I know, none of us want to talk about this let alone think that our tween or teen could get to this point. It’s a tough topic to address for so many, yet I believe one of the most critical. I propose that while your teenager may be okay, he or she knows of someone who is not. It is an epidemic; and somehow our kids are living in a culture that has desensitized itself to it. More and more kids are feeling the despair and toying with the fantasy of death. But it is important we talk about suicide because truthfully – and pardon my direct delivery – what if your teen is actually suicidal? Or what if one of their best friends says he or she wants to take their life? Would you know what to do? Here are 5 things you can do if you suspect someone is hurting:

1. Ask them directly: “Are you suicidal?” And listen to what they say. Do your best to not react. Remain calm, open and empathetic and be genuinely curious when you ask, “what all can you tell me about this?”. Keep in mind there is a difference between having an intent to take their life and just feeling like they want to die. But you need to know the difference, which leads to the next question (more on that in #4).

2. Ask them directly: “Do you have a plan to take your life?” They might have a stash of pills somewhere, have access to a gun or have sharp objects hidden in their room. If they answer no, skip to #3 but if they answer YES, stop everything and follow these steps:

· Take them to the closest ER

· Or, take them to your local crisis center: Summitstone Health Partners is in Fort Collins as a 24/7 crisis care center, located at 1217 Riverside Ave,

970-494-4200

· Remain calm, gather your insurance information and bring something to do as the entire process can be upwards of 3-4 hours depending on how busy the facility is

· If they refuse to willingly go to a crisis center, you have the option to call the local police and ask them to do a well check on the teen and you will all go from there

3. Ask them directly: “On a scale of 0-10, 0 being you are not at all suicidal and would never even think of it, and 10 being you plan on doing it asap, what number best describes how you feel?” If the teen does not have a plan or express an intent to take their life, it is smart to gauge their level of distress. Scaling provides you with a barometer that you can use to help determine their level of distress. A number between 5-6.5 suggests they are struggling and working with a counselor could be advantageous, but anything over a 7 demonstrates an urgency. Get them in to the first available slot with a therapist.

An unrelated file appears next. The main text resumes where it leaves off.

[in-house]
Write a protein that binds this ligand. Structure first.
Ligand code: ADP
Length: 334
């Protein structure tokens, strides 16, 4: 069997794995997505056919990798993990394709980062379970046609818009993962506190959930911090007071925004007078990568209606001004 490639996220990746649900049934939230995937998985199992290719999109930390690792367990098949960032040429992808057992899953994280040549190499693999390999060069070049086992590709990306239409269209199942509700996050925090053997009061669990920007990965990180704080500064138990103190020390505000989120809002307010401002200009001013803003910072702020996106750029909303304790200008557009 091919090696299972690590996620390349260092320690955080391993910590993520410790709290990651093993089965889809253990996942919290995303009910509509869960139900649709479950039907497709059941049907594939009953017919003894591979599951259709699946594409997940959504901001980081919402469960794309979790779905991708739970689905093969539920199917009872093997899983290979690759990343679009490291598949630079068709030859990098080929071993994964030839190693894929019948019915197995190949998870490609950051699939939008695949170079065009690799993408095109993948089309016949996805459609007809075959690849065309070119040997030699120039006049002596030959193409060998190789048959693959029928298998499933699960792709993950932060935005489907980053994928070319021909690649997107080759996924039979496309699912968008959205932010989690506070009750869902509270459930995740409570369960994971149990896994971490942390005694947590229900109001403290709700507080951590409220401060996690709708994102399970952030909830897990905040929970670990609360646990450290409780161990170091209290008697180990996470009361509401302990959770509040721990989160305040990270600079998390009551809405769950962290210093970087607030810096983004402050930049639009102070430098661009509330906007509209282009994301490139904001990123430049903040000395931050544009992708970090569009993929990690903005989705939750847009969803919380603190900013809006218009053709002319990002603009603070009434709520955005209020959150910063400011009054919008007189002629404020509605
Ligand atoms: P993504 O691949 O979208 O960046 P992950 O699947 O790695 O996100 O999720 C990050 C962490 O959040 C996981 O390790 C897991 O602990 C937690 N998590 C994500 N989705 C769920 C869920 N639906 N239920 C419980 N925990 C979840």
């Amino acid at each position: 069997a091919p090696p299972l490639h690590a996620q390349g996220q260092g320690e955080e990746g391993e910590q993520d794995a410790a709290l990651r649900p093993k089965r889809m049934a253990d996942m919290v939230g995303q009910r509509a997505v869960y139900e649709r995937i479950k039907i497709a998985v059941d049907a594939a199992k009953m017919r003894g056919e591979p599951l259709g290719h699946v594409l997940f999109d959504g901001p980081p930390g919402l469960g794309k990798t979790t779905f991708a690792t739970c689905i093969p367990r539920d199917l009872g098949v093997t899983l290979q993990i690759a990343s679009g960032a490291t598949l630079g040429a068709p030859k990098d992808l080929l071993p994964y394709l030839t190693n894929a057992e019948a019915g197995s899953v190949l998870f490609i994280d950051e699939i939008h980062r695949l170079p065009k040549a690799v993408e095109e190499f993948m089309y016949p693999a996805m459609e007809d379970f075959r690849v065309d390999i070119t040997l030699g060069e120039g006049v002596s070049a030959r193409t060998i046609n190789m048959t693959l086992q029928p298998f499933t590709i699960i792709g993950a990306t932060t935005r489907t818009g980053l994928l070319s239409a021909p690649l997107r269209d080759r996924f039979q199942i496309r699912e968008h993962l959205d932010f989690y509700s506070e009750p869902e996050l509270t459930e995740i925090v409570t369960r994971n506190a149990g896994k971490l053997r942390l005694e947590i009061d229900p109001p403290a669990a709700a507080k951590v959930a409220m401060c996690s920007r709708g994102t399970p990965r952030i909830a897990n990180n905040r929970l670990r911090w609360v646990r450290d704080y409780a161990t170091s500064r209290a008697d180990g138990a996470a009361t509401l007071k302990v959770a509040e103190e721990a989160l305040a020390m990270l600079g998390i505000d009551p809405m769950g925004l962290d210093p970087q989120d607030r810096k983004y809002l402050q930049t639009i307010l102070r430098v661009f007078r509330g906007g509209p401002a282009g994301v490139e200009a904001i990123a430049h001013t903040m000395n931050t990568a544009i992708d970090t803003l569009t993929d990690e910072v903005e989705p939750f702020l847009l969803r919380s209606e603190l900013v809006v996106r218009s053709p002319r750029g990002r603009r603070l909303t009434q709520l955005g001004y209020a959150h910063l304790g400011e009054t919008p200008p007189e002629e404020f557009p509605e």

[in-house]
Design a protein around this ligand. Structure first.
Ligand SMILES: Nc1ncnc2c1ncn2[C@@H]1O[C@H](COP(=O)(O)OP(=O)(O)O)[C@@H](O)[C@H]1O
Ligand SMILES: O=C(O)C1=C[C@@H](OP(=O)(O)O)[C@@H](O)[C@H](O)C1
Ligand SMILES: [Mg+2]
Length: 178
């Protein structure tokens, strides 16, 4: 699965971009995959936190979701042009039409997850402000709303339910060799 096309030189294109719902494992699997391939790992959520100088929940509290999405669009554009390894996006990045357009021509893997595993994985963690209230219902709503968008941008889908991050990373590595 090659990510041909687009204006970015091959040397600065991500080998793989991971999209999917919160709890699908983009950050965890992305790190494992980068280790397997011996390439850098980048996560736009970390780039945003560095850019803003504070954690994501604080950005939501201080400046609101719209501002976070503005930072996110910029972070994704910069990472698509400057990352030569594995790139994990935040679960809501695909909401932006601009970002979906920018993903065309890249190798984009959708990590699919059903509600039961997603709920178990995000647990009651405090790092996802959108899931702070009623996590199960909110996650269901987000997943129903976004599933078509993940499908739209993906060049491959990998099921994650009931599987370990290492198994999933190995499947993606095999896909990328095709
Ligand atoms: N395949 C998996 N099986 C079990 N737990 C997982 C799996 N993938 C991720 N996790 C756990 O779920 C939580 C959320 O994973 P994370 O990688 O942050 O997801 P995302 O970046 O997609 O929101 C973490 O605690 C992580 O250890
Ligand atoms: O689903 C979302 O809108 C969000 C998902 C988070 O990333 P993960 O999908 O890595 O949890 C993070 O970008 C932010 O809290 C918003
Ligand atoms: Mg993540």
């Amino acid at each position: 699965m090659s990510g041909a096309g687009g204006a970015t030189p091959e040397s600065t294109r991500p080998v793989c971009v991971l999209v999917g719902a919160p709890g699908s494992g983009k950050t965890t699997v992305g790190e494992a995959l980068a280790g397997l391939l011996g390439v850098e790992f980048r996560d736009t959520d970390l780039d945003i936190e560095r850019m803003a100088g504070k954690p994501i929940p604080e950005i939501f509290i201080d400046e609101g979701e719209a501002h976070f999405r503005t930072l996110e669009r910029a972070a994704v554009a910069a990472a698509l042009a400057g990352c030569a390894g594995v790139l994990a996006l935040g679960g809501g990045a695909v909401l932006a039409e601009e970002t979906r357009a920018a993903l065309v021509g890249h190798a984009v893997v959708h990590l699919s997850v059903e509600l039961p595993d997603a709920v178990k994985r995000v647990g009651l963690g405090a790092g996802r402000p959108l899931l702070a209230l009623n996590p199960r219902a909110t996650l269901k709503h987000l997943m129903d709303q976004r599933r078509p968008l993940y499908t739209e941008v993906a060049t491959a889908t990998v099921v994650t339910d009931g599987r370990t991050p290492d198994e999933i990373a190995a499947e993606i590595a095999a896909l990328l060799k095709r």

4. If the teen does not have a plan and does not seem to be in immediate danger, talk to them. They may fall into the category of “just wanting to die” or fantasizing about being “better off dead” because they are not equipped to handle the stressors they are facing. Whether it is a response to trauma, stressors at home or school, a negative sense of self or all of the above, listen to them. Do not minimize what they are experiencing and offer your support in any way you can. Many of us can even relate to those kinds of statements so maintain a compassionate, curious awareness of them and engage them as best you can. The more you know, the more you are able to connect them to appropriate resources.

5. Take care of yourself. This is heavy stuff and none of us wishes for this come near our homes or our kids. One of the best ways we can ensure we are able to really be there for those who need us most is to make sure we tend to our hearts, minds, bodies and spirits so we are as equipped as possible to take this on if we need to.

Tough topic, right? There is a misconception that if we talk to kids about suicide then we are putting ideas into their head or that we will somehow make things worse. Besides, it can be easier to just ignore things, right? However, based on evidence and my experience working with suicidal teenagers, many actually feel relief to be able to verbalize where they really are. Imagine the burden it is to carry such a dark secret, and then the relief that is available when it is out in the open and help is on the way.

If you have any questions, please feel free to contact myself or any of the other therapists at Emery Counseling.